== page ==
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Congress member defends Trump: “sometimes a lady needs to be told when she’s being nasty”

Final Presidential Debate Between Hillary Clinton And Donald Trump Held In Las Vegas Photo by Joe Raedle/Getty Images

After Donald Trump called Hillary Clinton a “nasty woman” at the final presidential debate, the internet quickly turned the phrase into a feminist rallying cry. A Hillary Clinton supporter bought the domain name NastyWomenGetShitDone.com and had it redirect to Clinton’s campaign website.

“Nasty woman” became a badass badge of honor and a middle finger to sexism, and yet another entry on the long list of things Trump has said about women that he really shouldn’t have.

Which makes this sexist remark from Rep. Brian Babin (R-TX) seem even more stunning: “Sometimes a lady needs to be told when she's being nasty,” Babin said Thursday on The Alan Colmes Show, when Colmes asked him about Trump’s remark toward Clinton.

CNN’s Andrew Kaczynski first reported on and posted the audio clip from the show on Friday. The whole thing is pretty painful to listen to.

Colmes asked Babin if he thought it was appropriate that Trump called Clinton a “nasty woman.”

“You know what, she’s saying some nasty things,” Babin said.

“You think it’s appropriate to call her a nasty woman?” Colmes replied.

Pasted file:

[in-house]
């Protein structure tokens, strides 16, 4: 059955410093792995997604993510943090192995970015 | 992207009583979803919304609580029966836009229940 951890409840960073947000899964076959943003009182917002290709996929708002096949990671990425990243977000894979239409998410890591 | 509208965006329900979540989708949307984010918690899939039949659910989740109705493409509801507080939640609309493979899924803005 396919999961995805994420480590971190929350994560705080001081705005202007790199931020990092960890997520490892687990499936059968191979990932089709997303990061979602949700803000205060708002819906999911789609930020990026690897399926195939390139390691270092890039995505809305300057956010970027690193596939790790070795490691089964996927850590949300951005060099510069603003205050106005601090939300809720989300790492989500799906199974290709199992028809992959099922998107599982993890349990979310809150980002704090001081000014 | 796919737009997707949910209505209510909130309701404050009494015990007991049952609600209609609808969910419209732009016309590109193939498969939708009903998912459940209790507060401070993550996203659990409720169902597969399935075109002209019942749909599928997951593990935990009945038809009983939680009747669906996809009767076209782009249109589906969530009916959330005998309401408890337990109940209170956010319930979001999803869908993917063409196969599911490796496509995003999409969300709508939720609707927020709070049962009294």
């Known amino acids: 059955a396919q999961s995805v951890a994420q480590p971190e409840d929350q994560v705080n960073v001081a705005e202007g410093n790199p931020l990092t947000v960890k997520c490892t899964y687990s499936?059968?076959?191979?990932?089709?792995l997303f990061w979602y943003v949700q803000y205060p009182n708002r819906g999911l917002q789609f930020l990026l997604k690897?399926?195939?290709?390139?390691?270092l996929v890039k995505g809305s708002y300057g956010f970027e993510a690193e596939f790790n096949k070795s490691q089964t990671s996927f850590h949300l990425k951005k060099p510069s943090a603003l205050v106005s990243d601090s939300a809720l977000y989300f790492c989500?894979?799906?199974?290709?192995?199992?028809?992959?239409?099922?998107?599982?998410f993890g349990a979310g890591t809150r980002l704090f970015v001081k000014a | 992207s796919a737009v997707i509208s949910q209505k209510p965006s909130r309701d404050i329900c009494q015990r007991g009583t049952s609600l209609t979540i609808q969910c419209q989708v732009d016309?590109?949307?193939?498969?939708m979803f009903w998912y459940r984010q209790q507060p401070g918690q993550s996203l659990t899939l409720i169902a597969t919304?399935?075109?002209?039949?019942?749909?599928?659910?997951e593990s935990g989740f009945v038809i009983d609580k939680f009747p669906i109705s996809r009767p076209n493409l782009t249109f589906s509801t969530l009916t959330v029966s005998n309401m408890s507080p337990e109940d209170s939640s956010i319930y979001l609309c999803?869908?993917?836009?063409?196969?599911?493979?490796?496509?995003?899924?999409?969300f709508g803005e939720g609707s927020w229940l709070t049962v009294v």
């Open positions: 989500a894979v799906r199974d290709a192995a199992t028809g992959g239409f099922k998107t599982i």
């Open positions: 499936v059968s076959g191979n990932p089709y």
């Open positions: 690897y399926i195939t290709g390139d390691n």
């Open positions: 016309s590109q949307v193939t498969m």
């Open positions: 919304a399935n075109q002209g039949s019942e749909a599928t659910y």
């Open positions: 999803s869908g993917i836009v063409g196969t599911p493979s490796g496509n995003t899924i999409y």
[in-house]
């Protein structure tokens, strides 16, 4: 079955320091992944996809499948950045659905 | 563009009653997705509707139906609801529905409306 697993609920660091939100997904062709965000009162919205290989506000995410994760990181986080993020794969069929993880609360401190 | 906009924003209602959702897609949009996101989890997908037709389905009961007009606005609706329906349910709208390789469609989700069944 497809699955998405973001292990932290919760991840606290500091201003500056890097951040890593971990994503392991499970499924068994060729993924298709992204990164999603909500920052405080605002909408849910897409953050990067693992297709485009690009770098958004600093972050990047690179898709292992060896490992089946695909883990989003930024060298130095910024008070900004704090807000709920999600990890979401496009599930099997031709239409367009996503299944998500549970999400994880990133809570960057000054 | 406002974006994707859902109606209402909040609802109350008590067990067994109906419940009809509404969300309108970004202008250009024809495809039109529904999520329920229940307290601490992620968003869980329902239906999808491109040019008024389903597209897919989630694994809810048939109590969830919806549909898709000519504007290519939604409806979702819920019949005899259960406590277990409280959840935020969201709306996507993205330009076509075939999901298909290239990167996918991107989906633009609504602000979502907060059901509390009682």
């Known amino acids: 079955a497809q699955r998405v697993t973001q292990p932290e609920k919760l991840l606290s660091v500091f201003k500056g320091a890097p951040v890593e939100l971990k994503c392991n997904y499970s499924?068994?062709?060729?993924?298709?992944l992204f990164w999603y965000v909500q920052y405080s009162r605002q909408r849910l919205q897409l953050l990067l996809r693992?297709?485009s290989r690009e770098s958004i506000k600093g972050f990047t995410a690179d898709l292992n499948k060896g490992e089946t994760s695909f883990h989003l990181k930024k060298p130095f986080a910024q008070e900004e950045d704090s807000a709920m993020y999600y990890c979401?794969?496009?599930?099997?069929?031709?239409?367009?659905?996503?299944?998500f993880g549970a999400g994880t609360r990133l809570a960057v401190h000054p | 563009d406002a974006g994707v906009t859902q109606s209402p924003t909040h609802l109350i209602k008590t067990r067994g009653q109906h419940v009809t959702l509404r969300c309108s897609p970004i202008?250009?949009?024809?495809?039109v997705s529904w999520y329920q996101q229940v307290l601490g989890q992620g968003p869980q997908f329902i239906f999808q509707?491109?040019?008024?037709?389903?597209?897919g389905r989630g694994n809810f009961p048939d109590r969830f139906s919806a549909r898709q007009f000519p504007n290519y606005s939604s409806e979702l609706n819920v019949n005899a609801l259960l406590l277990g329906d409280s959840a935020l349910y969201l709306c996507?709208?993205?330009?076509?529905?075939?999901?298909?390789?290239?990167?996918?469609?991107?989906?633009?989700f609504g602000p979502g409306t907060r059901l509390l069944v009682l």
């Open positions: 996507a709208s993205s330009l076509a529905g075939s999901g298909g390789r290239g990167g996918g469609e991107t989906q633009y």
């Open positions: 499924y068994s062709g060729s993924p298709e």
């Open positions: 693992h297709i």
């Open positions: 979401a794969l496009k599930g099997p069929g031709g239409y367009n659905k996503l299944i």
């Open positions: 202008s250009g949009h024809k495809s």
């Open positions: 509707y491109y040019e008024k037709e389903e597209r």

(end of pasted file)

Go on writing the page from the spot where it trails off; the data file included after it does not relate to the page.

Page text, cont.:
“Well, I'm a genteel Southerner, Alan.”

"So that means no?"

“No, I think sometimes a lady needs to be told when she's being nasty,” Babin said.

Colmes pressed Babin repeatedly on whether Clinton hadn’t just said or done “nasty things” but was a “nasty woman.”

Babin repeatedly dodged, again referring to Clinton’s actions and saying he thought “the American people” didn’t really care about this.

“Why are you ducking me?” Colmes said. “You either agree or disagree with Donald Trump.”

“Oh, I agree with him,” Babin said.

Insults like “nasty” are routinely used to try to cut down women in power. Research shows that many people are deeply uncomfortable with seeing women defy female stereotypes or take on more traditionally male-dominated roles.

Babin’s comments are a good reminder that “genteel” sexism is still sexism — and that, indeed, sometimes the worst kind of sexism is the kind that tries to be polite and convince women it’s for their own good.